More importantly, both children gained practical life skills and character building. As the Director of the film, Matthew learned how to be a leader, teacher, and trainer. Most of the crew had never worked on a movie project before. Matthew had to teach them about movie sets in general and how to do their crew and acting positions. He put people in the right places to implement what he needed to accomplish. Matthew increased his social skills by interacting with professionals in the industry, learning, and communicating with them at their level. He accomplished time management and project management on a college level. Elisabeth had to work diligently to ensure the script was being followed without over-riding anything her brother (the Director) had said. It was a marvelous thing to see them working so well together as siblings, but also in a professional manner as co-workers.
This is just a sample of all that occurred in our son’s school year. It didn’t even touch on his year of editing or working with professional musicians to create nineteen original songs for his film’s soundtrack. From his idea to film a movie, his passion to want to do it, and his drive to push him to make it come about, he did just that. Our son made his first short feature film, The Stolen Life, which was just released on March 20, 2020, and is available on DVD or on-demand.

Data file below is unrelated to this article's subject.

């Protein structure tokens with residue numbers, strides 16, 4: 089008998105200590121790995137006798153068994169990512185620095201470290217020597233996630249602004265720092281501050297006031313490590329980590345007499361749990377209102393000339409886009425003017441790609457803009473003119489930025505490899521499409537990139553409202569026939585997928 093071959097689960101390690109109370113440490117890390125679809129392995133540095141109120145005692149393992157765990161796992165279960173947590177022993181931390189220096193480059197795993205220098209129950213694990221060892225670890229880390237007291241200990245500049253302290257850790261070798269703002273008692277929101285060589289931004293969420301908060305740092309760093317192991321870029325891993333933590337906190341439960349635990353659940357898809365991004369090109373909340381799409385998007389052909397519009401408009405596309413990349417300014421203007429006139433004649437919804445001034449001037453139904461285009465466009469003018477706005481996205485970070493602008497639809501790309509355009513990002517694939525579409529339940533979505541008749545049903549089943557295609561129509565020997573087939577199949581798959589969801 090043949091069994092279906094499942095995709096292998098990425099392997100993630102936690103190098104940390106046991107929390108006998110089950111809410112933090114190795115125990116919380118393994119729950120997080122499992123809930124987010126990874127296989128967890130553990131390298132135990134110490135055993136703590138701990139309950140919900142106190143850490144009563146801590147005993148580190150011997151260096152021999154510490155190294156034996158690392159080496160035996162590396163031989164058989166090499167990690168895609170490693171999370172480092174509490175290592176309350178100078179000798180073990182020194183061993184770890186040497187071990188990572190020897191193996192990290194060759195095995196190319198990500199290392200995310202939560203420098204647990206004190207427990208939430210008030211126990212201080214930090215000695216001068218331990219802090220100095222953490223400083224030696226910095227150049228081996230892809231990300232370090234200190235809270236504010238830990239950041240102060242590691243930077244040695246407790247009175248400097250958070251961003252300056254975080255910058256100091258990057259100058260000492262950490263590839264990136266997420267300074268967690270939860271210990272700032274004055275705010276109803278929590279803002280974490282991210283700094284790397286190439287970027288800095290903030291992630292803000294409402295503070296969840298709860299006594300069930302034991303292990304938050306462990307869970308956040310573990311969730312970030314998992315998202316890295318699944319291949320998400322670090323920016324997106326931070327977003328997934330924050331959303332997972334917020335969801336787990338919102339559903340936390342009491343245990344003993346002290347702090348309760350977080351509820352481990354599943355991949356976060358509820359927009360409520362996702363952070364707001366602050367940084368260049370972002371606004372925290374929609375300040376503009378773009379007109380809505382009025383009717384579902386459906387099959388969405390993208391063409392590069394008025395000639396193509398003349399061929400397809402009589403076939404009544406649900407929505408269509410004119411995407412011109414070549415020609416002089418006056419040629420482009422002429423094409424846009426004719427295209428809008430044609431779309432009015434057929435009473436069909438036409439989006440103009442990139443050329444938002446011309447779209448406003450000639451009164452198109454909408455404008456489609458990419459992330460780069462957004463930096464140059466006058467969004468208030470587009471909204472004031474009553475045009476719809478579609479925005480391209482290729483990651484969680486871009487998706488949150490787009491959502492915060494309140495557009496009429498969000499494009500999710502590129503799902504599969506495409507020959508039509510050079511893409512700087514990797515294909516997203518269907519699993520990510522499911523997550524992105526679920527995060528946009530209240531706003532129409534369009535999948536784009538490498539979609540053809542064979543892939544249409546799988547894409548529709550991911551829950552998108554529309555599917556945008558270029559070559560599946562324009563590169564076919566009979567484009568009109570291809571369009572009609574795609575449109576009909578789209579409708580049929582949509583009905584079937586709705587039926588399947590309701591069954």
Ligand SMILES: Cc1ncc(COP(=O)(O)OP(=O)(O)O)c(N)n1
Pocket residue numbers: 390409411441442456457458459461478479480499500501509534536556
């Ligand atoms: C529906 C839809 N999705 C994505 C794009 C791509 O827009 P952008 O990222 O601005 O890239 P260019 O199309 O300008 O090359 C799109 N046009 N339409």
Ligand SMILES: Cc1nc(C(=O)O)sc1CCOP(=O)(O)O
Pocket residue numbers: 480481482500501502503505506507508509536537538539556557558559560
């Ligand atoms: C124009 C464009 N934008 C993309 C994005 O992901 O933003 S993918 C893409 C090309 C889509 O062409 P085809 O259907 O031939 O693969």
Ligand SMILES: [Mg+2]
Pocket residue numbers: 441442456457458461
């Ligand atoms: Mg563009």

In all, it was a long but very rewarding time for our family.
To help your own child with his/her ideas, passions, and drive to do it, we would
recommend the following:
- Listen to your child’s ideas, hopes, needs for the project
- Pray about it
- Observe what he/she has done previously to begin such a project
- Give them a task to assure that once they have begun their project they will finish it to completion
- Talk timelines.
- Talk expectations
- Encourage the idea
- Stand behind them 100%
- Pray for every step and decision with the project
- Be ready to help them when they fall and teach them how to handle real-life lessons. How to handle the easy and the hard lessons, as they happen.